There are land disputes, family quarrels, beatings and armed robberies, all brought to the chief for advice and help. He has no official powers, but when he speaks, the police and politicians listen.
“He is a good man. When something serious happens, even if he is travelling overseas he always picks up his phone. And if it is necessary, he flies back to Nigeria,” says Suleiman Ibrahim, a trader who has come to Bambado to adjudicate a family feud.
Indeed, the time Bambado spends on his gilded throne in his somewhat ramshackle palace in Surulere, the popular residential district of Lagos where he lives, is just part of his busy schedule.
The married father-of-three often travels for work and spends around half the year in London and Dubai on business.
– Blood and belief –
The Fulani seem to be a people without borders — the wider community is estimated at between 30 million to 40 million scattered across fifteen countries from Senegal to the Central African Republic. In the north, every city has a Sarkin Fulani or a Sarkin Hausa.
Officially, Bambado’s authority extends only to the borders of Lagos, but his influence spreads wider and he is a powerful player in Nigeria’s political mosaic. That position has become increasingly important in recent years as conflicts between Fulani and sedentary farmers have swept Nigeria’s fertile central region.
The bloodshed has been stoked by demand for water and access to land, driven in part by a surging population in a country of 200 million. The Fulani have also been accused of “terrorism” and aggression.
“Anywhere you see a Fulani man, people see them as killers,” said Bambado.
“But it is not true. A Fulani man is a wonderful person, he accommodates, he likes his people, he likes his neighbours, he interacts, he is a very social person. But you know what? There is no society that has no bad eggs.”
– Drawn to Lagos –
Bambado’s grandparents were from an educated, religious family and were among the first migrants to leave the arid northern state of Jigawa and travel south at the beginning of the 20th century.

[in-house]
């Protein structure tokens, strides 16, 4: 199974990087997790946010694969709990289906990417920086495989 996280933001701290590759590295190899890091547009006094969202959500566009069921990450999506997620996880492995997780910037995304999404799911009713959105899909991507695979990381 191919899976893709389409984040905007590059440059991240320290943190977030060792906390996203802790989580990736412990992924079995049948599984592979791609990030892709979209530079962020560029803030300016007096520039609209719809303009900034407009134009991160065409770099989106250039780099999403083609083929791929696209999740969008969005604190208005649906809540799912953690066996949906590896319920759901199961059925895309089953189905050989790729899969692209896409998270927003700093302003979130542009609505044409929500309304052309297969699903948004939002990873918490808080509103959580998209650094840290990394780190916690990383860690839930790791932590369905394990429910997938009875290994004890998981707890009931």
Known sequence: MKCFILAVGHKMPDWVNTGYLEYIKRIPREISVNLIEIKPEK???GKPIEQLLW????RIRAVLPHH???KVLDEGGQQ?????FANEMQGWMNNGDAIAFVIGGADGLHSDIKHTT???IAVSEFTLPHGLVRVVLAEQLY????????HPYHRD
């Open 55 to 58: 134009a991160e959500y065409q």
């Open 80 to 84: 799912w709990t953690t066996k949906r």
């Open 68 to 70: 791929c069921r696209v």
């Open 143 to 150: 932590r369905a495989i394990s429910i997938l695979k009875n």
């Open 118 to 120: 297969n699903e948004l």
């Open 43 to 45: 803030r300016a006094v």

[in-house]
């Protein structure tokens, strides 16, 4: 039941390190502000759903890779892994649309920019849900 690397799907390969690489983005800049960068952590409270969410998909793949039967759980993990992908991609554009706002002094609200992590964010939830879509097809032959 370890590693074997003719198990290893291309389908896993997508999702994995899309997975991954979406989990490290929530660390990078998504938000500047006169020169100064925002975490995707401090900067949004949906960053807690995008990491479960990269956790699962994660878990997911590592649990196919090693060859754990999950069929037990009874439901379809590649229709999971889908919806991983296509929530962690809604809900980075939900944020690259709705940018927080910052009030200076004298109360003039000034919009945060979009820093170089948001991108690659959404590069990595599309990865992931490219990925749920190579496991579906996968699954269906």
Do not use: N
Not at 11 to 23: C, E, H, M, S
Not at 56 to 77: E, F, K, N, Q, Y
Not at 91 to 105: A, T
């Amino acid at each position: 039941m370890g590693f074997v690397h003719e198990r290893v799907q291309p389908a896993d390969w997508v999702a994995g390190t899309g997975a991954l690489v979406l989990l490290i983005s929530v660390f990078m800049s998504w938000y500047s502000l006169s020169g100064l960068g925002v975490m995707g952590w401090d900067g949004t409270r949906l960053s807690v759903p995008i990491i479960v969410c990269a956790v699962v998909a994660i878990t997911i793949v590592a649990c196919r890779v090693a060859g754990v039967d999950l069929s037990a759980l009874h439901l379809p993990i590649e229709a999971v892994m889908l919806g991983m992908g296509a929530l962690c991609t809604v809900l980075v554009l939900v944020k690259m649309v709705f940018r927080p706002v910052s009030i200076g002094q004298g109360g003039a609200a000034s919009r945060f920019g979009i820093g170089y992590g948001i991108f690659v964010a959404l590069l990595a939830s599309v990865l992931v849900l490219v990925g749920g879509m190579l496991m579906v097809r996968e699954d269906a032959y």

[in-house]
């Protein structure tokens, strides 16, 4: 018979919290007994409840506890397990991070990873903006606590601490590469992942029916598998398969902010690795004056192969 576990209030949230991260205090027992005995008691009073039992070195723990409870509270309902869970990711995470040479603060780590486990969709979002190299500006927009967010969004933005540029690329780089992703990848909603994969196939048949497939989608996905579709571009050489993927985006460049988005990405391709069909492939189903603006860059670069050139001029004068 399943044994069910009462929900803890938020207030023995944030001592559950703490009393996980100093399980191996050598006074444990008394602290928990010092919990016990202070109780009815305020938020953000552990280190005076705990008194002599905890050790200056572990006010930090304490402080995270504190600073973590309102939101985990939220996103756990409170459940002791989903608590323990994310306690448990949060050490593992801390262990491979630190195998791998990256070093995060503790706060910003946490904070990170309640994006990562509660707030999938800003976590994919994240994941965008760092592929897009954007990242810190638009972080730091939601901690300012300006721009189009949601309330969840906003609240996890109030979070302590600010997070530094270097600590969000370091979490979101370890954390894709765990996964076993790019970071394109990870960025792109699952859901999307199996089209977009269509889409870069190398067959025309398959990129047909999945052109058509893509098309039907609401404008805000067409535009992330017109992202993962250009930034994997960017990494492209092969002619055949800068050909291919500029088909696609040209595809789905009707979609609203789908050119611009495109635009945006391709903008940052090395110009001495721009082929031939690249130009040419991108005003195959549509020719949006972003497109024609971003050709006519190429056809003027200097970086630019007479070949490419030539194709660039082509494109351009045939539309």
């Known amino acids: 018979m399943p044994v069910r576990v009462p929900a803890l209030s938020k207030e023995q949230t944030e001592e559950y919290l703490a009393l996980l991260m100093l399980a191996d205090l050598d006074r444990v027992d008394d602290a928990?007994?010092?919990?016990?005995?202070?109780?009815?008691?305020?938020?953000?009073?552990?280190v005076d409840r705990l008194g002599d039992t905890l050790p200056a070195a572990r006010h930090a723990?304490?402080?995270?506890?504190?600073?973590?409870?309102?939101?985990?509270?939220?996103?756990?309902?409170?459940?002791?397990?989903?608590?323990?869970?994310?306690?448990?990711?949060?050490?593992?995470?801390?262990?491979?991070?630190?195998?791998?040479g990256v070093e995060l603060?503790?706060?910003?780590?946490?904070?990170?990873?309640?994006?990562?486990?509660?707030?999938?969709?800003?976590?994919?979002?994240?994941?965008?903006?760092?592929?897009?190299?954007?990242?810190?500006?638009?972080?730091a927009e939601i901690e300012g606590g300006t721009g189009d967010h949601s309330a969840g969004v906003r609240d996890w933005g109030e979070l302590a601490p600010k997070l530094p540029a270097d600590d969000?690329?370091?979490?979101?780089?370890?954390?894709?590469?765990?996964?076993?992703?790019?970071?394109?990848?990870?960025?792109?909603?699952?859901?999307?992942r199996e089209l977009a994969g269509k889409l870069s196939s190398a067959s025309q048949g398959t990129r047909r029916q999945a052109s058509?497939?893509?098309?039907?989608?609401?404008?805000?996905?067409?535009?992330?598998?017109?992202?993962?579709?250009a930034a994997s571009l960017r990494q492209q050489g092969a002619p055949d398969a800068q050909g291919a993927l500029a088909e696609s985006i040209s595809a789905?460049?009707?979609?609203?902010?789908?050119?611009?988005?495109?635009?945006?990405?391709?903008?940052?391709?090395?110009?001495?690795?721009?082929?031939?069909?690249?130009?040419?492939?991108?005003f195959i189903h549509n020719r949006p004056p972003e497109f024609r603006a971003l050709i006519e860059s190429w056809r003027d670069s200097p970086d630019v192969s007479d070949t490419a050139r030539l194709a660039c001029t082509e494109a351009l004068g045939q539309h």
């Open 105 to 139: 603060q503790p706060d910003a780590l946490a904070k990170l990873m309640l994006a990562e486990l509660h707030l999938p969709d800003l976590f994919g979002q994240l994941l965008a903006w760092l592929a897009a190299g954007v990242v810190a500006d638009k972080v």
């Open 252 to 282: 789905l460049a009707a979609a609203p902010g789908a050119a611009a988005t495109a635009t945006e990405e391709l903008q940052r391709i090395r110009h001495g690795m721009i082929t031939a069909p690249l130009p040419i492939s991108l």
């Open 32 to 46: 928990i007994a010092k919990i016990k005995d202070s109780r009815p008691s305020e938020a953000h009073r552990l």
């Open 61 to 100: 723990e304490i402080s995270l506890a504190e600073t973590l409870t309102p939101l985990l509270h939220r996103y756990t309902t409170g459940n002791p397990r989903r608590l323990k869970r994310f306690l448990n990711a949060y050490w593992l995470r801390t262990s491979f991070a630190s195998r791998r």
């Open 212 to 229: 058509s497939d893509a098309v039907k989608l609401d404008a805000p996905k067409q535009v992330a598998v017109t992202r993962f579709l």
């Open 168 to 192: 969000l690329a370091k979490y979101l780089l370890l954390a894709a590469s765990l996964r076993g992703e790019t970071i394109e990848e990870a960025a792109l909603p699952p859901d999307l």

They eventually settled on the Atlantic coast and his grandfather, a trader in kola nuts and gold nuggets, increasingly became a linchpin of the Fulani community.
“When people from the north stayed in Lagos, he was the one to welcome them. They became more numerous. So one day, they decided that they needed a leader: my grandfather,” said Bambado, who inherited the title when his father died in 1994.
The first Sarkin Fulani of Lagos balanced his royal duties with diversifying his business interests, investing in the cattle trade and the docks.
He set up a port handling business, using “brothers” as labour, which has passed from father to son — like the Sarkin title — for three generations.
Bambado has continued in this tradition and Dockworth Services International now employs 1,500 people. He is also a central figure in the meat market in Lagos, which is the key sales hub for the cattle reared across the north and centre of the country. He even keeps a herd of around 300 cattle on the outskirts of the city to keep him tethered to his heritage.
And despite his travel schedule and the wide dispersal of his community across multiple countries, he remains loyal to his birthplace. “I am a Lagosian first and foremost,” he said.